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Tuesday, May 27, 2008

So this is called grazing?

As I type, I have a lot more food in front of me than usual. My office assistant and I decided to start making coffee in the morning rather than getting the usual take-out stuff. Reusable mugs, less cost, just as good. Additionally, my spread includes a container of plain roasted almonds, half a bag of baby carrots, a home-made muffin, and the yogurt is in the fridge behind me.

So this is the new munch-all-the-time-on-food-that-is-good-
for-you plan. Lunch yesterday consisted of a big bag of carrots and broccoli.

We won't talk about last night's supper just yet.

Monday, May 26, 2008

Eco-Friendly Dorms Are Coming

I'm just arriving back at work and I find this in my inbox:

How green is the College?

Very neat to see that a little bit of competition can go a long way...

Sunday, May 25, 2008

An Eco-Friendly Diet

I've decided that it is time to shed a few pounds and start eating better. Thus, today I started putting together an eco-friendly diet with a purpose: The Diet for a Lazy Wanna-Be Vegetarian. We all know that eating locally and eating vegetarian are both smart and good for the environment, but I have to be perfectly honest. I'm damn lazy when it comes to food. I work 40 hours a week, take classes, have a busy and active social life, and at the end of the day, if I even get home by supper time, I'm not prepared to start cooking anything dramatic. Did I mention I hate and routinely waste left-overs?

I do love to cook. I just don't make time for it unless I'm having guests or am really craving something specific. But if I'm going to be realistic about this effort, I'm going to have to make it foolproof. As inspiration, my houseguest Meg has eating habits that are very similar to mine: quick, infrequent, uncomplicated, but the difference is that she's much more likely to make a three item salad, while I'm more likely to order the pizza.

For starters, I'm replacing the usual snack items in the house (chips, chocolate, etc) with better choices. A short trip to Pete's this morning got that much done.

Any suggestions? Recipes? Foolproof strategies?

Saturday, May 17, 2008

Low Flow Shower Head

As you may have noticed, I've been away from the blog for a bit. I was volunteering at the IIHF World Hockey Championships which left little time for much else. Community involvement is part of this project for me.

Anyway, on with the eco-friendly stuff: Today, I installed my new low flow shower head. It was part of the kit that I was given with the energy audit last month. Needless to say, this was a super-easy project that involved only about ten minutes, a bit of plumber's tape, and a pair of channel locks. Wham bam, done.

Testing it out was a bit more fun. It has three settings, excellent pressure, and all in all, makes for a very nice shower. The benefits are many: less water usage, less hot water and electricity used, improved pressure. As far as green projects go, this one is cheap and easy!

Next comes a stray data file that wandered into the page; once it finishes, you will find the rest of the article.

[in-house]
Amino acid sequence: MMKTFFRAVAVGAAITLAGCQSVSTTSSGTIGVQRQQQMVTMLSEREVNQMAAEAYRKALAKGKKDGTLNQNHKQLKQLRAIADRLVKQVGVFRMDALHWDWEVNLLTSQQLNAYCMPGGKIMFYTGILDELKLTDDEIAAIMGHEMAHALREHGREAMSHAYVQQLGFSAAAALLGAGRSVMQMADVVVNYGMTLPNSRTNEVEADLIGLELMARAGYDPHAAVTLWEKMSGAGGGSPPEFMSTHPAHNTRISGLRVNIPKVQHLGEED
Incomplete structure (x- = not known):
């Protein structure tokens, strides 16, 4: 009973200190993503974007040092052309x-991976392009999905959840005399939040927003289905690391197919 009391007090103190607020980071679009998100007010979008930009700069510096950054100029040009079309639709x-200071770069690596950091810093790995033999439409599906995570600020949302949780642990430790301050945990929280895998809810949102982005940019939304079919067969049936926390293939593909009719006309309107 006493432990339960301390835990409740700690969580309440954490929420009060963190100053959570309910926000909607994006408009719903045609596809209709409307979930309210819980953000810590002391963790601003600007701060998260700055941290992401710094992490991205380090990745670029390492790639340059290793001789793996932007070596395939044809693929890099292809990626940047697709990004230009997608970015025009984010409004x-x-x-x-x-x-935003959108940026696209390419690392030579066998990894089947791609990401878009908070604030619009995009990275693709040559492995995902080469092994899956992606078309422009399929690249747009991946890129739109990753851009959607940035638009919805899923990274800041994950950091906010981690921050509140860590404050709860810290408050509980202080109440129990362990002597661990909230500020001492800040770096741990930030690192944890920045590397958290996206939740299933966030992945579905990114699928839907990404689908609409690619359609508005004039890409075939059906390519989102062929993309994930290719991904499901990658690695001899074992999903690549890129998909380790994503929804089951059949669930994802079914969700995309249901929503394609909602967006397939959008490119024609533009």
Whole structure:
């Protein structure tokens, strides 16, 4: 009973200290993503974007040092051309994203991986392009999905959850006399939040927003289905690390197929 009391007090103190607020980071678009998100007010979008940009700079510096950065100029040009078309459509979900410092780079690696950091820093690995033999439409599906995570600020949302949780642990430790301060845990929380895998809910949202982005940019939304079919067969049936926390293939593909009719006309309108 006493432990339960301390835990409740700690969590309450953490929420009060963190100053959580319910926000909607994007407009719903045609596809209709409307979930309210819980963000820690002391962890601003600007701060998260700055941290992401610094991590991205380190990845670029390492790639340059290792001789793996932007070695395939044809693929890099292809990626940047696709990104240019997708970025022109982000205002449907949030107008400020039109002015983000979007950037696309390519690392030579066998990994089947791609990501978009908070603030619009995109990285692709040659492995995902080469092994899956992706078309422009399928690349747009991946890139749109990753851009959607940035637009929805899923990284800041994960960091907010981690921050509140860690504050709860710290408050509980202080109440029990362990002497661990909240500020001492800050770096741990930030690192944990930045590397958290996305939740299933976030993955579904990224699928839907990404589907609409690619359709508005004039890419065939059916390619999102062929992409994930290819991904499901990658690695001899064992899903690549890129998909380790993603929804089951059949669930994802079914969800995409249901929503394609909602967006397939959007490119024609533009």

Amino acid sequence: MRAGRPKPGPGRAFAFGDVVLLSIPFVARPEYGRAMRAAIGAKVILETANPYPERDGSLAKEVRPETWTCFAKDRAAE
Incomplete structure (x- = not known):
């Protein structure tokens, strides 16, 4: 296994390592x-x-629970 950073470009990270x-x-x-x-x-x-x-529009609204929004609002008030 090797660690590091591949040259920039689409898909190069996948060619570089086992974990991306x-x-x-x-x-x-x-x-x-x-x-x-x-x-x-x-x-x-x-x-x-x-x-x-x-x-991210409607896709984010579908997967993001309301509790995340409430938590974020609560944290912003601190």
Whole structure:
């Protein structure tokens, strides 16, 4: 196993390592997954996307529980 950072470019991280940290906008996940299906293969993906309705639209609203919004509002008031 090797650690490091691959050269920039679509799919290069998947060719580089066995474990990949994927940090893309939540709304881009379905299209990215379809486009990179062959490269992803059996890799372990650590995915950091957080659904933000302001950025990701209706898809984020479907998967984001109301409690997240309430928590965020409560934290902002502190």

Friday, May 16, 2008

Bike to Work Day?

According to Wired, today is bike to work day! I totally missed it!

My bike needs to get into the shop, then I will see about biking in. My guess is that it will be very good for me, fitness-wise. There are a lot of ups and downs between home and work.

Friday, May 2, 2008

Questions about the Pop Can Furnace

I had a nice note from Mark in Ontario and I thought I'd share his questions and my answers about the pop can solar furnace... It's been cloudy for a few days, so I'm not getting any free heat this week!


I saw your popcan solar furnace on your lowerfootprint.blogspot.com blog , and thought it was unique because all the other solar furnaces are for exterior installation and drilling holes in the house etc. Since we don't have any blank wall space on the south side, those plans aren't too useful. However your window version would work for us.

I'm hoping you wouldn't mind answering a few questions.

Did you put any covering over the pop cans?
What kind of hole did you put in the bottom of the cans and what tool did you use to make it?
Did you make a larger hole in the top of the cans?
What kind of glue did you use to join the cans together?

Thanks for the info.

I had the energy audit too (it cost me $375 in Ontario), and will be adding insulation to bring my attic to R50 this year.

Here's my response:

Hi Mark...

My second version will be a vertical window one, so I'll post more when I do that one...

1) Currently no covering on the pop cans. They're painted with heat-heat black bbq paint though.

2) The bottom of the cans were punched out using a "churchkey"... the can opener you'd use for opening a can of apple juice. The excess was simply folded into the can.

3) No extra hole in the top. It was part laziness, but also helps to cause some turbulence in the airflow, helping to pick up more heat perhaps. They weren't lined up or anything.

4) I taped the columns from side to side with black electrical tape. This first model is shockingly crude, but hey, it will built in about two hours, start to finish.

The new model will be an enclosed box, sized to fit vertically into a window in my solarium. It will have a glass or plexi front and top and bottom vents. I'm considering a set of shelves inside it, made of perforated material for airflow (possibly wood and my drill). The shelves would allow me to experiment with cans filled with water. I have a row of them on the windowsill and they get quite hot, but of course, keep the heat much longer.